I am not a runner. I never have been. In fact, the last time I was forced to run a mile was freshman year of high school and I ran three of the four laps around the track then sat down in protest, insisting that I was going to be sick. But when you get a chance to run the streets of Baltimore in your underwear and get praised for it instead of getting arrested, you don't pass the opportunity up.
Cupid's Undie Run is 1-1.5 mile run that takes place Valentine's Day weekend and benefits The Children's Tumor Foundation, the world's largest non-government organization committed to ending neurofibromatosis (NF) through research. The run takes place nationwide and in three Australian cities. Participants are encouraged to show up in their "bedroom-best" and each runner is given a fundraising goal of $150 (which, if net, grants you free VIP bar access the day of the run). In 2013, the organization raised over $1.3 million for The Children's Tumor Foundation and they set their goal at $3 million for 2014, adding Baltimore to their list of cities for the first time.
When I arrived at Luckie's Tavern in Powerplant Live! with my team to sign in (that's me in the middle of the picture above; see full gallery here), it felt like the registration process was moving pretty slowly. Not to mention, the line took place outside and it happened to be snowing. While I was getting slightly impatient and eager to get inside and take advantage of the VIP bar access, I was so entertained seeing the wild and creative costumes people were arriving in, including angel wings, tutus, bodysuits, animal hats and masks, and my personal favorite (and everyone else's) - a man dressed as Ricky Bobby, wearing tighty-whities and a Wonder bread race helmet. A woman on his team added to the fun by flaunting a Ricky Bobby Pit Crew white jacket.
Ricky Bobby and his crew chief got to shake and bake in the costume contest that took place on stage inside the bar before the run. He won, and she joined me in the top four females. Ultimately, a woman dressed as Michael Jackson took the cake with tons of crowd support and applause. (For the many ladies who asked me where I got my gemstone, neon, light up bra - Go to http://www.neonnancy.com. It could be a great asset to those of you registering for the Electric Run in Baltimore on July 19).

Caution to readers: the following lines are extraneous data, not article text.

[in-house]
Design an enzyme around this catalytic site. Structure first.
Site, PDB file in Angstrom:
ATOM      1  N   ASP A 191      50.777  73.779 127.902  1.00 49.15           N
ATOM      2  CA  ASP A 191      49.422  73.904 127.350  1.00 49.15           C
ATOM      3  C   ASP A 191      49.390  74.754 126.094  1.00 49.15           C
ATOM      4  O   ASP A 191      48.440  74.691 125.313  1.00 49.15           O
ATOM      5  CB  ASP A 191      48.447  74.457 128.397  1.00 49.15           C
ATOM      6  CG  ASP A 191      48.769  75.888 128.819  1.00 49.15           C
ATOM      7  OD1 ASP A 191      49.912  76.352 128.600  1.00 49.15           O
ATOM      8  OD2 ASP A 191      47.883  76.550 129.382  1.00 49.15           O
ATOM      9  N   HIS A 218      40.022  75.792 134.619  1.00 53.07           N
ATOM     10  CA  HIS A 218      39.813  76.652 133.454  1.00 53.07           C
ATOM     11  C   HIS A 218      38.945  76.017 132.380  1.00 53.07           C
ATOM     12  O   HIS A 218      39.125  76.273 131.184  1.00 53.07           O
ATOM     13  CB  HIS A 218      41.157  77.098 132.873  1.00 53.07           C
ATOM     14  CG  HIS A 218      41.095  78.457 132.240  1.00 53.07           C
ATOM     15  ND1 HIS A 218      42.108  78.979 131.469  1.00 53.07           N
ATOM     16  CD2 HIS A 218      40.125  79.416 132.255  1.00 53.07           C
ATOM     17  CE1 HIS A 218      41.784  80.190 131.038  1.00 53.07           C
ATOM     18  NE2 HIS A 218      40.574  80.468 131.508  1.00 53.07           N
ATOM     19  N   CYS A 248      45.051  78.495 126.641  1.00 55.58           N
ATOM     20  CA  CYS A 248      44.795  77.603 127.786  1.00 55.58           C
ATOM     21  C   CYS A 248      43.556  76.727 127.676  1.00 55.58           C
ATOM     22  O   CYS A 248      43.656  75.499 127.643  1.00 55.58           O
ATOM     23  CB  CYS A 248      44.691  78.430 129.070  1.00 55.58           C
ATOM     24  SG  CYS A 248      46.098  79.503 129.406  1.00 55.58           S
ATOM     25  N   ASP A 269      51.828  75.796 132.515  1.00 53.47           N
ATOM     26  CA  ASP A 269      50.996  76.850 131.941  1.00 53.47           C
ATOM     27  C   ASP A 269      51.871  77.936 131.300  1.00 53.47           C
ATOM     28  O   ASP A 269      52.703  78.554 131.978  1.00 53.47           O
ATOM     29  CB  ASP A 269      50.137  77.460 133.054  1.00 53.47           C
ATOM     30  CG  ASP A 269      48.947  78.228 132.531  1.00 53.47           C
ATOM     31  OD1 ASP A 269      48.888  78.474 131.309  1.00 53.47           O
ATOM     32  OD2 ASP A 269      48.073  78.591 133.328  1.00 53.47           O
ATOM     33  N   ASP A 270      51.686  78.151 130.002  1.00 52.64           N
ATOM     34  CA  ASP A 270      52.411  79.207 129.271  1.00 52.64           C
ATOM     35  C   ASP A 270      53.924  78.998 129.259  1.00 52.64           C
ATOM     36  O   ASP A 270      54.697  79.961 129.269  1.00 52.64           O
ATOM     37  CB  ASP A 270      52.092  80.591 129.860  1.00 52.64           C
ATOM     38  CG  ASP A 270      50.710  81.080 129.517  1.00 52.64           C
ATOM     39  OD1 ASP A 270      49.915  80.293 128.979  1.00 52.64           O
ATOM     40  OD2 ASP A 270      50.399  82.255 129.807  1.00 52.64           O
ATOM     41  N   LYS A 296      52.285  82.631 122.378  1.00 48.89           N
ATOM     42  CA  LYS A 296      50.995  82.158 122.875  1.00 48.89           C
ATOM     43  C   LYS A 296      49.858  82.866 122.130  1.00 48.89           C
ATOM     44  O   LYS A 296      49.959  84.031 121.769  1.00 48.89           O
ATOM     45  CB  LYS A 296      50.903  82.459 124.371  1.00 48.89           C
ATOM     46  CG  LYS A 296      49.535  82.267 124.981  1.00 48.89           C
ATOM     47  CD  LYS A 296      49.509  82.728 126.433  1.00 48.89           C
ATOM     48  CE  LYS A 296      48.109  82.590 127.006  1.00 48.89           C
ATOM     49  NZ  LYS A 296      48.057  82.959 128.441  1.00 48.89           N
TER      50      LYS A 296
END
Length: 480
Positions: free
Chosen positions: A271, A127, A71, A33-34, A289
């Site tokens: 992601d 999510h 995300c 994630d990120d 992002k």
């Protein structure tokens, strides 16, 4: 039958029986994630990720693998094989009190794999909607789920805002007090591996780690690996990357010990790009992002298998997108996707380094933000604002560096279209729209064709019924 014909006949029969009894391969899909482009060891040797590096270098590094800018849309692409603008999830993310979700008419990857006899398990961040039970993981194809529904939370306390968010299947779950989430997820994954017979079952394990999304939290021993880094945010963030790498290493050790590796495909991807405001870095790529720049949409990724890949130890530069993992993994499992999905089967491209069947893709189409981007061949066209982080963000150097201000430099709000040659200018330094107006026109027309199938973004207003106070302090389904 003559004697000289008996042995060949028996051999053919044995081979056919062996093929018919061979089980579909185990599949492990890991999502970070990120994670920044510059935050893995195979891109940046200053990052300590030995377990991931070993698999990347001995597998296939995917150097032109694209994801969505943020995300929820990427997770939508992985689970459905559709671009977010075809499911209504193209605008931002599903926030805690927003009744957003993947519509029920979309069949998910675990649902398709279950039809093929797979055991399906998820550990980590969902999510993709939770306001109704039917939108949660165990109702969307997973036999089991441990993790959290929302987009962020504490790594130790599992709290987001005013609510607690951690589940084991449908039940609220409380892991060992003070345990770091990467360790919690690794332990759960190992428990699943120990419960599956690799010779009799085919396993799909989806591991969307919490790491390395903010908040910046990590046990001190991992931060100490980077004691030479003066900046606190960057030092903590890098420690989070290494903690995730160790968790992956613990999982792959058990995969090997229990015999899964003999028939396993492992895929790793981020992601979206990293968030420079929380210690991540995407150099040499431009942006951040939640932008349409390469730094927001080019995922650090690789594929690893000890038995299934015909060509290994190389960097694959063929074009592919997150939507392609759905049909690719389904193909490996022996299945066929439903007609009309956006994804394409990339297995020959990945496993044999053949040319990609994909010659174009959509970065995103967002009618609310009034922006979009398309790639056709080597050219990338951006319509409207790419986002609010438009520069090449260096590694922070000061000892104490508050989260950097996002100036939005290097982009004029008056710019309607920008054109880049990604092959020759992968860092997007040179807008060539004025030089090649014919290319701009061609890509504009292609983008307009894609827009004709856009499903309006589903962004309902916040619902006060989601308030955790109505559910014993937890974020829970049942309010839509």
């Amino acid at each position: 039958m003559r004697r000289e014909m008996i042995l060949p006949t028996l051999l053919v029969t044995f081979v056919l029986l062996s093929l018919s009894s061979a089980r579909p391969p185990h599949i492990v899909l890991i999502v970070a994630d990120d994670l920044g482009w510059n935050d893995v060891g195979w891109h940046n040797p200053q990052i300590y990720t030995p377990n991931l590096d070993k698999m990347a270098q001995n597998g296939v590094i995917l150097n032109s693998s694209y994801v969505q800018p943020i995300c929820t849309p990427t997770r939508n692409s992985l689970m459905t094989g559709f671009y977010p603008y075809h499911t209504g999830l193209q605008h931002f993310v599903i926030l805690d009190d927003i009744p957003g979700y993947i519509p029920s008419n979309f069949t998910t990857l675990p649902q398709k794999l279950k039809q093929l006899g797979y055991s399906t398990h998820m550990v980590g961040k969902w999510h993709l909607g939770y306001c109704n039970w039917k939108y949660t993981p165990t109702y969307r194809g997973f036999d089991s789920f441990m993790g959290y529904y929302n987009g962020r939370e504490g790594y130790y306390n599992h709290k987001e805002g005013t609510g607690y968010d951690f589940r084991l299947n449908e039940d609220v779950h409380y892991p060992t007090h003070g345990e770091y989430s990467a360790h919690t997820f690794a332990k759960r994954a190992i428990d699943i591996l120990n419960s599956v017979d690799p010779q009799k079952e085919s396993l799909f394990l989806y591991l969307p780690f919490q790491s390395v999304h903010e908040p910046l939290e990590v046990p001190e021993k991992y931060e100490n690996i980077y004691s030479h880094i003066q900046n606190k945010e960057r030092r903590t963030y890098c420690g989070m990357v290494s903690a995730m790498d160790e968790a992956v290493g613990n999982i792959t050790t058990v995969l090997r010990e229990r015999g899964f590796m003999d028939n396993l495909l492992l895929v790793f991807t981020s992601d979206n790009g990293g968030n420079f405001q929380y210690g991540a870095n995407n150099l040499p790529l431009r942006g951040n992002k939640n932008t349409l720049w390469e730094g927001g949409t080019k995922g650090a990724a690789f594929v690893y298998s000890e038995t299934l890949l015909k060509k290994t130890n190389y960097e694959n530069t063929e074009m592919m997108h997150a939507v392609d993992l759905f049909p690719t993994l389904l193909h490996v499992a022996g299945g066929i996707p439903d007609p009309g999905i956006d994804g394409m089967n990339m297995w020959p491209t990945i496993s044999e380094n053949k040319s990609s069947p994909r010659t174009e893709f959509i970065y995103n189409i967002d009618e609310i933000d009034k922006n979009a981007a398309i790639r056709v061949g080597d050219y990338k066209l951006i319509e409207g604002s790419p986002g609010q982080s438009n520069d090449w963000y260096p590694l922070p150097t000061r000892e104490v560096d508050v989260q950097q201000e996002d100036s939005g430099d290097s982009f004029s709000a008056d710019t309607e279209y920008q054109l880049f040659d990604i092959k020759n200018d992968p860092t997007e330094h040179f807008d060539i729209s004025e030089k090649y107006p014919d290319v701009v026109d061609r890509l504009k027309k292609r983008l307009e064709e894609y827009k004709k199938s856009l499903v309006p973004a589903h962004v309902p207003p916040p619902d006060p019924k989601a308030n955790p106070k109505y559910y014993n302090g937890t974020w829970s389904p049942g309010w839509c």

Surprisingly, I didn't see any banners or cones in the Inner Harbor indicating that a run was happening. When the run began at 2:15 p.m., we were greeted by multiple volunteers and supporters holding signs telling us which direction to go in and cheering us on. My favorite supporters were two men holding signs that said "Go random stranger, Go!" and "Keep Going! Keep Going! (that's what she said)."
Once I started fundraising, my reasons for participating drastically changed. I casually posted a status on my Facebook in hopes of getting donations. I really wasn't expecting anything. At best, I was hoping to raise enough money for the free VIP bar access. At worst, I was hoping to meet the $50 incentive level, which earned you a pair of festive underwear. Within 10 minutes of posting, a family friend who is stationed overseas donated $100. I was blown away. Then more donations started rolling in.